I spend a lot of time in my day job quantifying things, and apparently this falls under one of the many things I do that other people think is cool, because, as with Global Positioning System work and wearing wrap-around sunglasses, I often find people doing it in inappropriate contexts. Today I find yet another in a long line of people desperately trying to score language and grammar. This time, it’s in the New York Times, and involves trying to figure out which works of literature the speeches of various politicians are most similar to. The method of comparison uses axes of “complexity” and “positivity” to classify both books and speeches. I could delve into why these things are hard to quantify in language, and why it might not work, but we don’t really need to get into all that. Besides, Language Log is better at that than I’ll every be. But there’s no need to get all clever about it; there are two much simpler ways to examine this whole thing.
First, let’s look at the results. Are Ted Cruz’s speeches similar, in any meaningful or useful way, to Beowulf? Has anyone ever listened to Bernie Sanders speak and thought it sounded like James Joyce’s Ulysses? No. The answer is no. So the final results don’t help much.
But heck, let’s also look at the axes of the graph. Is Peter Pan really characterized by it’s relentlessly negative language? Is the language in Jerome K Jerome’s Three Men in a Boat really simple? Again, maybe in some sense, but from a purely practical sense, is that a useful sense? No. So apparently the scoring system doesn’t really work, either.
So there we go. Back to counting personal pronouns.
I don’t expect much from television stations, Lord knows. But Scripps Interactive seems to fancy themselves something of an owner of educational programming (Food Network, Travel Channel, etc.), not that horrible brain-rotting stuff that encourages coarse behavior and lack of socialization that you hear about. Still, even educational programming can be cut a bit of slack, and I don’t demand detailed knowledge of fiddly arcana.
But come on, DIY network, this new ad is too much. The ad I refer to is for “Building Alaska” (there was a law passed recently that at least 20% of new reality shows have to be set in Alaska, I believe). It features someone defining words one might hear on a building site in Alaska for the benefit of residents of the lower 48 (and I presume Hawaii – I don’t know why Alaskans always ignore that state). Some of the words aren’t really regional Alaskanisms, but we’ll let that pass. What bothers me is when the guy gets to the word “snoozle”, which, hell, might be only used in Alaska for all I know. Anyway, he points out that it is both a noun and a verb – to be precise it can mean either “something to poke with” or “a type of movement”.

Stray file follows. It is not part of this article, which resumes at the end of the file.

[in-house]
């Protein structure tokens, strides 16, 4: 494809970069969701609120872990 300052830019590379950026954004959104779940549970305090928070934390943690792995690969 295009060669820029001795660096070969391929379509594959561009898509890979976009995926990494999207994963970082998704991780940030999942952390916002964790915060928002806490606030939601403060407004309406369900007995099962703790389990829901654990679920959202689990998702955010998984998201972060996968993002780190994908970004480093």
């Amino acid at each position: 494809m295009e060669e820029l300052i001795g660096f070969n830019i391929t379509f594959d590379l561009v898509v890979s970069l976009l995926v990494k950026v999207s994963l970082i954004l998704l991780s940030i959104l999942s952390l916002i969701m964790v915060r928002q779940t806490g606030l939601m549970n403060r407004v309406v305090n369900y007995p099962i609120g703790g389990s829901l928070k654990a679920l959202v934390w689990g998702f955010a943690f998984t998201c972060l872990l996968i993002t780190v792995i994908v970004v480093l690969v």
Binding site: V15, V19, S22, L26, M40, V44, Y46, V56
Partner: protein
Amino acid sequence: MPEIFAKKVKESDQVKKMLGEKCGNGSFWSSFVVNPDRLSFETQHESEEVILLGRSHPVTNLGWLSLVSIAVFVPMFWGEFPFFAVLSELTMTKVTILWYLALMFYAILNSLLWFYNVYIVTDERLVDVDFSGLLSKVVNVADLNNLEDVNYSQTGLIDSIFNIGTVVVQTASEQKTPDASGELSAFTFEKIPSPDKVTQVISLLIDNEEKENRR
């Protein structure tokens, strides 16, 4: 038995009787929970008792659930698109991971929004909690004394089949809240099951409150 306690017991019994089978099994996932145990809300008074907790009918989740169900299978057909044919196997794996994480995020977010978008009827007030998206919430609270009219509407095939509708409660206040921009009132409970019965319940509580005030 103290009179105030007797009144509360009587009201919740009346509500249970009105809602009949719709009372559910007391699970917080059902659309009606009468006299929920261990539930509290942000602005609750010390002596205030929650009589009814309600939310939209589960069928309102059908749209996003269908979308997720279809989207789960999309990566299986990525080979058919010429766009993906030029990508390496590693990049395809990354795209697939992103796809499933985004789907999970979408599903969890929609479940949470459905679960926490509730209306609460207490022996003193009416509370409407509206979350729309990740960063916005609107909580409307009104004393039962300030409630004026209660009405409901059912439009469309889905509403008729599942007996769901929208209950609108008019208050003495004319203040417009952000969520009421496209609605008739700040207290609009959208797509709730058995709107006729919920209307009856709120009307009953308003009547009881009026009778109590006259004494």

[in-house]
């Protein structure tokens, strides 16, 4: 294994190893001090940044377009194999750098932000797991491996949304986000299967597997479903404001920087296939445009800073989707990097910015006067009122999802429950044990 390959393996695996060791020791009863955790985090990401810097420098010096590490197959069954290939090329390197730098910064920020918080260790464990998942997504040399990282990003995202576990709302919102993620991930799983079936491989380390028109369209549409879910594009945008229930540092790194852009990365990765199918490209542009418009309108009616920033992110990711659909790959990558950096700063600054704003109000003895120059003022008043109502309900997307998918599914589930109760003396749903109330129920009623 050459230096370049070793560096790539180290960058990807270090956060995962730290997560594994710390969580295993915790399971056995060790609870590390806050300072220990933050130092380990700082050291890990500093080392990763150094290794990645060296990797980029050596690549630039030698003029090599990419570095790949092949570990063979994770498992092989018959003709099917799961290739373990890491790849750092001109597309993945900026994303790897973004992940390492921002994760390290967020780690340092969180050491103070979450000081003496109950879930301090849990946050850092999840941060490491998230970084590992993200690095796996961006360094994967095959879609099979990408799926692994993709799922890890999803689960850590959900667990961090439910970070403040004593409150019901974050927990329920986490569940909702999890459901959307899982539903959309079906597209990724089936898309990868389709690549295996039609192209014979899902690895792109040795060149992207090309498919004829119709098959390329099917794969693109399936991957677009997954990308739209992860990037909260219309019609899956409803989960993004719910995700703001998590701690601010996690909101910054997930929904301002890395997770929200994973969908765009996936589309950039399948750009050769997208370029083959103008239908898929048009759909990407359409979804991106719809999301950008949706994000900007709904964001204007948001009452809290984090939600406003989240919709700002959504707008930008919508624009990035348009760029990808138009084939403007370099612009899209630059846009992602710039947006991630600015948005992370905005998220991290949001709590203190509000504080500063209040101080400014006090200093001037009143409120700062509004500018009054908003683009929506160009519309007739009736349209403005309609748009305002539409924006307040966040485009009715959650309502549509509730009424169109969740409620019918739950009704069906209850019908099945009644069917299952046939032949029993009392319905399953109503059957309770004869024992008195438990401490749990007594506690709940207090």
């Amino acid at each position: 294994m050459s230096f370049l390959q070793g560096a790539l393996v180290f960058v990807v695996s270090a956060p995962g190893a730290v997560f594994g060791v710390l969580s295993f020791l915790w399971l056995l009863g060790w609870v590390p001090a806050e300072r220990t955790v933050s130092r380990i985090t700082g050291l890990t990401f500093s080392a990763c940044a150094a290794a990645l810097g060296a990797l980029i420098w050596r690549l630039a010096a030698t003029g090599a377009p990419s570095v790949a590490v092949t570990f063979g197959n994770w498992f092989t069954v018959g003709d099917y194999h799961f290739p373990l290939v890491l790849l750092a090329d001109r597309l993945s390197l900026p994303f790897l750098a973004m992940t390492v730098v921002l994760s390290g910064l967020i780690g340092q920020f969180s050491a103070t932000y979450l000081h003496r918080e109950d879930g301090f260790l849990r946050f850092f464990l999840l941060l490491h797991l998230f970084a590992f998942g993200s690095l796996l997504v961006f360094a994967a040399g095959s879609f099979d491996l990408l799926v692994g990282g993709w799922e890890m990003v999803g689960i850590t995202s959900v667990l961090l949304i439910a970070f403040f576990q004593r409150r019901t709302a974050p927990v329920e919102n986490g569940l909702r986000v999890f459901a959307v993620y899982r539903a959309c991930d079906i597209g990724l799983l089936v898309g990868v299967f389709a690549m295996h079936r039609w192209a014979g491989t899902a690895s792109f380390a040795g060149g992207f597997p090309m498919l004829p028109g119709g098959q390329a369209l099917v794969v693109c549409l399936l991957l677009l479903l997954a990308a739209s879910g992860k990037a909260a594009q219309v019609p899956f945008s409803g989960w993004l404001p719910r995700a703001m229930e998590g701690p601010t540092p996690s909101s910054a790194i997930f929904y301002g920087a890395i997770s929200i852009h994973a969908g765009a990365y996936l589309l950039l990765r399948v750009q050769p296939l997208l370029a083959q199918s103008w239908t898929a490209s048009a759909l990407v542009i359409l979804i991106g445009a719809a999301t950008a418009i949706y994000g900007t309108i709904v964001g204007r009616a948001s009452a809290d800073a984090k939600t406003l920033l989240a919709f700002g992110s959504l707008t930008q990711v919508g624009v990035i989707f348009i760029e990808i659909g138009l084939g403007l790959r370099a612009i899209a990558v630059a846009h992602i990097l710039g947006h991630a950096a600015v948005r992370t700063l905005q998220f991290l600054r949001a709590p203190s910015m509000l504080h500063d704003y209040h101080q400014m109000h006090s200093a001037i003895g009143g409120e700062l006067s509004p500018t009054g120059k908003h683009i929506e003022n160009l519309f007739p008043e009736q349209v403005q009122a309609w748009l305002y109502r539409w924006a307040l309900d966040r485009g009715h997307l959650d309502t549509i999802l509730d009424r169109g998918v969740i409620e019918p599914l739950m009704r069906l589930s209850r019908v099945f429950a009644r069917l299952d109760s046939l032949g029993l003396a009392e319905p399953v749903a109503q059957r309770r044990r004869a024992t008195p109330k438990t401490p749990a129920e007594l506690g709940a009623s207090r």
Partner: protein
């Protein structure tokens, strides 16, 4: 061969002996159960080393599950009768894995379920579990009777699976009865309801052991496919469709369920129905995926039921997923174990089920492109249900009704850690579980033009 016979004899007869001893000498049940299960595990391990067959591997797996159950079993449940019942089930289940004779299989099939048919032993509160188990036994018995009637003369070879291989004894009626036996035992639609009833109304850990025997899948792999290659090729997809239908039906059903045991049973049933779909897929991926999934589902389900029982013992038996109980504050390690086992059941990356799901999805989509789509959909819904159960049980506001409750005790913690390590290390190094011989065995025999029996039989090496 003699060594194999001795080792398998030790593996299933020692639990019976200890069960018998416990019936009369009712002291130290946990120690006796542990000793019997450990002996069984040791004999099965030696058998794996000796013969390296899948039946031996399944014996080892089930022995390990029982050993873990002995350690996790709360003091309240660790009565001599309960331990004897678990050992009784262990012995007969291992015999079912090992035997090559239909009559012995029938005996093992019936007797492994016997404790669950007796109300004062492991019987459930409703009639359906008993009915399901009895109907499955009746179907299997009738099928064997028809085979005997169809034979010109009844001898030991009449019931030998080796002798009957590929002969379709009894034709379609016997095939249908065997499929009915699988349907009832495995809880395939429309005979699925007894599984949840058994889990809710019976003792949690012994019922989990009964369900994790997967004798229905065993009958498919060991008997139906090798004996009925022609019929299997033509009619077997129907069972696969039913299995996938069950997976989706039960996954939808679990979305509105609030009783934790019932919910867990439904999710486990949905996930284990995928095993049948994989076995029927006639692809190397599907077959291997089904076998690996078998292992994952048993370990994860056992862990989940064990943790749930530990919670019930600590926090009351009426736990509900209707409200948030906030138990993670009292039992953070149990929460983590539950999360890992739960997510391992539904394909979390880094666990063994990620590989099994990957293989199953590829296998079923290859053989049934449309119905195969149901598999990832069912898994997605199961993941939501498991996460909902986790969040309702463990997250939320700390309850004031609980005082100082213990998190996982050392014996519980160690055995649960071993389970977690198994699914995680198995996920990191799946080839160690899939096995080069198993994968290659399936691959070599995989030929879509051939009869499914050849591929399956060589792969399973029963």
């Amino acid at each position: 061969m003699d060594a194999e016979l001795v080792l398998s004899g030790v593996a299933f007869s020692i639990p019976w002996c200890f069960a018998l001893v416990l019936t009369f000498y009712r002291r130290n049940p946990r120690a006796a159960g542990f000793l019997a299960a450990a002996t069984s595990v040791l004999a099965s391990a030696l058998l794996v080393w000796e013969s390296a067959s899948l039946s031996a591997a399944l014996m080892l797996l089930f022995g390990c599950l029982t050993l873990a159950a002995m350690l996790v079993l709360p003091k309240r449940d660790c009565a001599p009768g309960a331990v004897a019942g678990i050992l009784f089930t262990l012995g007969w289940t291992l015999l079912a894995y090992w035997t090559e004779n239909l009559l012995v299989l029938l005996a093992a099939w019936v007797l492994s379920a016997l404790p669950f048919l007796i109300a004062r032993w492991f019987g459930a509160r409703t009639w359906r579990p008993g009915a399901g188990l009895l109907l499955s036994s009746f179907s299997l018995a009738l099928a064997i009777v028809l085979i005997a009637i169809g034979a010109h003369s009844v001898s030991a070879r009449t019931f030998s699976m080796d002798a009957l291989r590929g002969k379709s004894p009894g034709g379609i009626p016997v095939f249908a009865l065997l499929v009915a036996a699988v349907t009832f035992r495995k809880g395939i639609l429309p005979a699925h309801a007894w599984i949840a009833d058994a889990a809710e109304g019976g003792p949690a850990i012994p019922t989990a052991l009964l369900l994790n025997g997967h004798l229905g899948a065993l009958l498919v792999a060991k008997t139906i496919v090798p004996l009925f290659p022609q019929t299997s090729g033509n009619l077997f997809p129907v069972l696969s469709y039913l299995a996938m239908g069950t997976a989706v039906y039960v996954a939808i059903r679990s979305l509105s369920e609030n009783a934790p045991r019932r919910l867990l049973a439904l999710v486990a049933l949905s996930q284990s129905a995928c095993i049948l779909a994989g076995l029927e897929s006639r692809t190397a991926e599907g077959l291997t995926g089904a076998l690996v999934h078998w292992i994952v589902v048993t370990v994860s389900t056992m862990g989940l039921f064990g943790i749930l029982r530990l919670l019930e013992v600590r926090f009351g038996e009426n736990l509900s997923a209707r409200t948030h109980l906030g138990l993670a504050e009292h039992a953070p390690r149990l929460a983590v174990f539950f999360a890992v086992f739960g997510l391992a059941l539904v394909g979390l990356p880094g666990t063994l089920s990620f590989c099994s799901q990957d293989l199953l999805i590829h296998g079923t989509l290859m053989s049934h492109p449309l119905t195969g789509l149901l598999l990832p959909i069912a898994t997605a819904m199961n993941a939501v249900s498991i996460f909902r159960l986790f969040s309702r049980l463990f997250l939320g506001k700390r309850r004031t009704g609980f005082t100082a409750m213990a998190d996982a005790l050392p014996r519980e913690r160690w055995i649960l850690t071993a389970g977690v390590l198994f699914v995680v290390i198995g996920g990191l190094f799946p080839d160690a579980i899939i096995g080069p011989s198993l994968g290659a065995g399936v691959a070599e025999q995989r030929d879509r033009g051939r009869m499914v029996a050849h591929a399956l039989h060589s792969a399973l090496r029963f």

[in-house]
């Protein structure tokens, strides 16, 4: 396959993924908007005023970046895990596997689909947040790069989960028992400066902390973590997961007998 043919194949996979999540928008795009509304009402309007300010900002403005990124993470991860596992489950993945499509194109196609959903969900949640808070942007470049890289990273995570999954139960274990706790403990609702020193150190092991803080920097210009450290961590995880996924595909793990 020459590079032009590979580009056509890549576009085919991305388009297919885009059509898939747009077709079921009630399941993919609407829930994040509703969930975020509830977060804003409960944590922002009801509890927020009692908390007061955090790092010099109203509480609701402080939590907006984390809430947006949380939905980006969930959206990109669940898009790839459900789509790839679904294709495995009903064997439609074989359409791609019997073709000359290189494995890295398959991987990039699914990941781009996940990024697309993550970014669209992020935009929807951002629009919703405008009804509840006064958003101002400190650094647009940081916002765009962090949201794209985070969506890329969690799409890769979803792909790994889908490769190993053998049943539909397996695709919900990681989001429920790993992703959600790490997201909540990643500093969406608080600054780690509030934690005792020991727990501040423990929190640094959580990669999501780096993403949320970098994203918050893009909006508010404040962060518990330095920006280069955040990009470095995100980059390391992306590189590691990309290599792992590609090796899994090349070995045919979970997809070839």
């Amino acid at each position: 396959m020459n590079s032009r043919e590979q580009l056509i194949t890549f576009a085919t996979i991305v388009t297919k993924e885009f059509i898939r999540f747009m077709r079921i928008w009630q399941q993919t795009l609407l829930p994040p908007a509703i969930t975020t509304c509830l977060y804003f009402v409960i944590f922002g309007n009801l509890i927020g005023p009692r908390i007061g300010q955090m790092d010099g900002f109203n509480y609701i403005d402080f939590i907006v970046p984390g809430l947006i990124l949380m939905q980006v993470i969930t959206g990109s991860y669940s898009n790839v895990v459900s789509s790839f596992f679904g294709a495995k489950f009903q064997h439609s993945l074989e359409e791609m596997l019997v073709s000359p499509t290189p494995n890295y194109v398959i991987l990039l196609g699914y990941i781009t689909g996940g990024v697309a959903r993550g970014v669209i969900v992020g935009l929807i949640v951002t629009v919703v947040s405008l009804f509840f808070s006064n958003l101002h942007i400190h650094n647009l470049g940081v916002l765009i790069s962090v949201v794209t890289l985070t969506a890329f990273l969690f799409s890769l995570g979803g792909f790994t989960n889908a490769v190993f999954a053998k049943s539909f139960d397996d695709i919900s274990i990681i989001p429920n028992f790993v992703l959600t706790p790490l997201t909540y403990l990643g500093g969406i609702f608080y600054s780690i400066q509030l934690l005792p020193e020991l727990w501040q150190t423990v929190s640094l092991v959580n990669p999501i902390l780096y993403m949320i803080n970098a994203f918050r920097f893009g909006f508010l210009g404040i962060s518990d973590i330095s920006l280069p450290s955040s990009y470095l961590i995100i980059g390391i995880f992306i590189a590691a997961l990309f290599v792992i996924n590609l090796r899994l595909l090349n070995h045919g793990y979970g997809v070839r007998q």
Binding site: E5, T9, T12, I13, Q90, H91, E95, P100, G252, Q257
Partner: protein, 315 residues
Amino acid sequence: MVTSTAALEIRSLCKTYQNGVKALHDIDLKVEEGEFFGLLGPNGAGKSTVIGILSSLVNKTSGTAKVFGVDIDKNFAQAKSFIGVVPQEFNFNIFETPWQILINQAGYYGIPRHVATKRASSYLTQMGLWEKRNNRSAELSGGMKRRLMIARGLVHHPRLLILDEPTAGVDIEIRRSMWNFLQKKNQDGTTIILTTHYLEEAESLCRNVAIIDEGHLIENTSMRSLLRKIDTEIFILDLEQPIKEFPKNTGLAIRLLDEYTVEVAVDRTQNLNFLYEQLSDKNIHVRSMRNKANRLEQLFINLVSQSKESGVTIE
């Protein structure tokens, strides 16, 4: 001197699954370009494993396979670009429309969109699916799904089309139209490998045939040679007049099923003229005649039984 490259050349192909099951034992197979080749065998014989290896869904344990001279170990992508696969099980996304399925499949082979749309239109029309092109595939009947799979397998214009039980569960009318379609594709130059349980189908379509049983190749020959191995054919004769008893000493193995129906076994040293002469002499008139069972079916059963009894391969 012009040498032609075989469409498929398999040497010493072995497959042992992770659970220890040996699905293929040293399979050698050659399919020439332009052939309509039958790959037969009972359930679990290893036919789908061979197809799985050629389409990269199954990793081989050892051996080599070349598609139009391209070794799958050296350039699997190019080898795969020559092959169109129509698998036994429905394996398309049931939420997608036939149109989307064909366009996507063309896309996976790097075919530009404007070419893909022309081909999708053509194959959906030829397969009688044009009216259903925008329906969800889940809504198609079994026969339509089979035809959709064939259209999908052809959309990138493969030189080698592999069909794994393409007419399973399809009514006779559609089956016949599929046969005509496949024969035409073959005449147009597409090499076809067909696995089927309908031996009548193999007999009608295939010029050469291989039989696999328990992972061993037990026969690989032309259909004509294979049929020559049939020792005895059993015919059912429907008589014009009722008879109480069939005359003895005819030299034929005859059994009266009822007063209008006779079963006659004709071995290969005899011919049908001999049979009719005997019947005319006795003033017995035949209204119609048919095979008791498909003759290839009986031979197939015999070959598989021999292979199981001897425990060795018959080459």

Now, my readers are no doubt all shouting “Hah! What a maroon! Those are both nouns, the way he said it! Or maybe that second one is an adverb! I’m not really sure!”. But the fellow was speaking extemporaneously (or pretending to), and anyway, he actually meant verb for the second, because the example he gave was “snoozle on over there”. No, the real problem is with the knucklehead who wrote the copy for the words that are printed under him while he talks. When he says “Any kind of poking device”, the text reads “Snoozle = (n.) To poke” – identifying a verb form that the guy didn’t even mention as a noun. Then, when he says “type of movement”, the text reads “Snoozle = (v.) Movement or go to fetch” – which, sheesh, I don’t know, just throws in a noun and some random clause and calls it a verb.
This is all part and parcel with people mis-identifying “passive voice” of course – the vague notion that the function of a word has something to do with its grammatical definition, so if something is vaguely related to motion, it must be a verb or whatever. But you know, the person responsible for that copy is like, a writer.
My word processor does not believe in contracting “it is”. My phone does not believe that “it” can ever take a possessive. I assume this is a manifestation of some kind of battle between Microsoft and Google, but it would be nice if they’d loosen up and take less absolutist stances, vis-a-vis autocorrect. Oh, and MS Word? “And then” is worse than “and” or “then” 99.99% of the time. Cut it out.
This here not only perfectly captures my feelings on linguistics, but gymnastics as well!
I was listening to the news the other day, and heard someone say that they were “literally flabbergasted” at something. I don’t recall what had caused the flabbergastation, or anything in particular about the news story, but it got me thinking. Is there any other way to be flabbergasted?